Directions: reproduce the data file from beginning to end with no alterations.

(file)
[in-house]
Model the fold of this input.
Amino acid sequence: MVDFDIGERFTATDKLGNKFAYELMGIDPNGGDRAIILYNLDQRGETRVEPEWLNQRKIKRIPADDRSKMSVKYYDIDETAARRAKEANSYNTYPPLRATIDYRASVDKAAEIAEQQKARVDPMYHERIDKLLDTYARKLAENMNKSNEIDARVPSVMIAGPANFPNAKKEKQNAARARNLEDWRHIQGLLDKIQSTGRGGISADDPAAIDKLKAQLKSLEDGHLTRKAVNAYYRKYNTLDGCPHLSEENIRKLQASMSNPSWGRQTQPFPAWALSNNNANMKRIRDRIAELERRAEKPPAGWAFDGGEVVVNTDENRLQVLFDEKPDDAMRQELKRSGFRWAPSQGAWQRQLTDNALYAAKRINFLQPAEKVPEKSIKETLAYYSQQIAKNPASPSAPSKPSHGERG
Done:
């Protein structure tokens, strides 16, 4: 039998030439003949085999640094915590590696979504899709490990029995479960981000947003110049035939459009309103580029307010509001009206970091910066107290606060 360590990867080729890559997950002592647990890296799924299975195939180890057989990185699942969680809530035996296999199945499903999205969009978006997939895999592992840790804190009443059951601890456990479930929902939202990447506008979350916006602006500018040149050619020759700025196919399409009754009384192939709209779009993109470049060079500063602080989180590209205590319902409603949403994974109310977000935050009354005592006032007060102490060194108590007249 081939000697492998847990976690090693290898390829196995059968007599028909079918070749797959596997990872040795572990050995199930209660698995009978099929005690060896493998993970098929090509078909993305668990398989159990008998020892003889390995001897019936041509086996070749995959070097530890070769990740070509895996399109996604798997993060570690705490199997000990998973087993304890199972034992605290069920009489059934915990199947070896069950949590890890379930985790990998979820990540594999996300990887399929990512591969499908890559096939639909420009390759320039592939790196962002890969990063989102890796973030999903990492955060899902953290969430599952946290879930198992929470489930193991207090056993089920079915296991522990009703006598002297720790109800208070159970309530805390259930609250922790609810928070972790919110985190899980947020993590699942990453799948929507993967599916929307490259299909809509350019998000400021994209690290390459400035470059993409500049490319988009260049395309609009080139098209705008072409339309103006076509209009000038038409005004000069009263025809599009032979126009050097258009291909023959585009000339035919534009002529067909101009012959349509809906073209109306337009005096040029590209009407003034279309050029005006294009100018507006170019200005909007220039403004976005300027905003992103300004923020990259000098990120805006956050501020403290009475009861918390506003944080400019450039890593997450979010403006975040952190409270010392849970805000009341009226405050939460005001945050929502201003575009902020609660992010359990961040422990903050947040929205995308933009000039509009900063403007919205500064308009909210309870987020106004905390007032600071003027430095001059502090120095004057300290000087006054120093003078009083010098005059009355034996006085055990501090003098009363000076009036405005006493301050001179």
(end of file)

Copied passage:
[in-house]
Model the fold of this input.
Amino acid sequence: MVDFDIGERFTATDKLGNKFAYELMGIDPNGGDRAIILYNLDQRGETRVEPEWLNQRKIKRIPADDRSKMSVKYYDIDETAARRAKEANSYNTYPPLRATIDYRASVDKAAEIAEQQKARVDPMYHERIDKLLDTYARKLAENMNKSNEIDARVPSVMIAGPANFPNAKKEKQNAARARNLEDWRHIQGLLDKIQSTGRGGISADDPAAIDKLKAQLKSLEDGHLTRKAVNAYYRKYNTLDGCPHLSEENIRKLQASMSNPSWGRQTQPFPAWALSNNNANMKRIRDRIAELERRAEKPPAGWAFDGGEVVVNTDENRLQVLFDEKPDDAMRQELKRSGFRWAPSQGAWQRQLTDNALYAAKRINFLQPAEKVPEKSIKETLAYYSQQIAKNPASPSAPSKPSHGERG
Done:
């Protein structure tokens, strides 16, 4: 039998030439003949085999640094915590590696979504899709490990029995479960981000947003110049035939459009309103580029307010509001009206970091910066107290606060 360590990867080729890559997950002592647990890296799924299975195939180890057989990185699942969680809530035996296999199945499903999205969009978006997939895999592992840790804190009443059951601890456990479930929902939202990447506008979350916006602006500018040149050619020759700025196919399409009754009384192939709209779009993109470049060079500063602080989180590209205590319902409603949403994974109310977000935050009354005592006032007060102490060194108590007249 081939000697492998847990976690090693290898390829196995059968007599028909079918070749797959596997990872040795572990050995199930209660698995009978099929005690060896493998993970098929090509078909993305668990398989159990008998020892003889390995001897019936041509086996070749995959070097530890070769990740070509895996399109996604798997993060570690705490199997000990998973087993304890199972034992605290069920009489059934915990199947070896069950949590890890379930985790990998979820990540594999996300990887399929990512591969499908890559096939639909420009390759320039592939790196962002890969990063989102890796973030999903990492955060899902953290969430599952946290879930198992929470489930193991207090056993089920079915296991522990009703006598002297720790109800208070159970309530805390259930609250922790609810928070972790919110985190899980947020993590699942990453799948929507993967599916929307490259299909809509350019998000400021994209690290390459400035470059993409500049490319988009260049395309609009080139098209705008072409339309103006076509209009000038038409005004000069009263025809599009032979126009050097258009291909023959585009000339035919534009002529067909101009012959349509809906073209109306337009005096040029590209009407003034279309050029005006294009100018507006170019200005909007220039403004976005300027905003992103300004923020990259000098990120805006956050501020403290009475009861918390506003944080400019450039890593997450979010403006975040952190409270010392849970805000009341009226405050939460005001945050929502201003575009902020609660992010359990961040422990903050947040929205995308933009000039509009900063403007919205500064308009909210309870987020106004905390007032600071003027430095001059502090120095004057300290000087006054120093003078009083010098005059009355034996006085055990501090003098009363000076009036405005006493301050001179």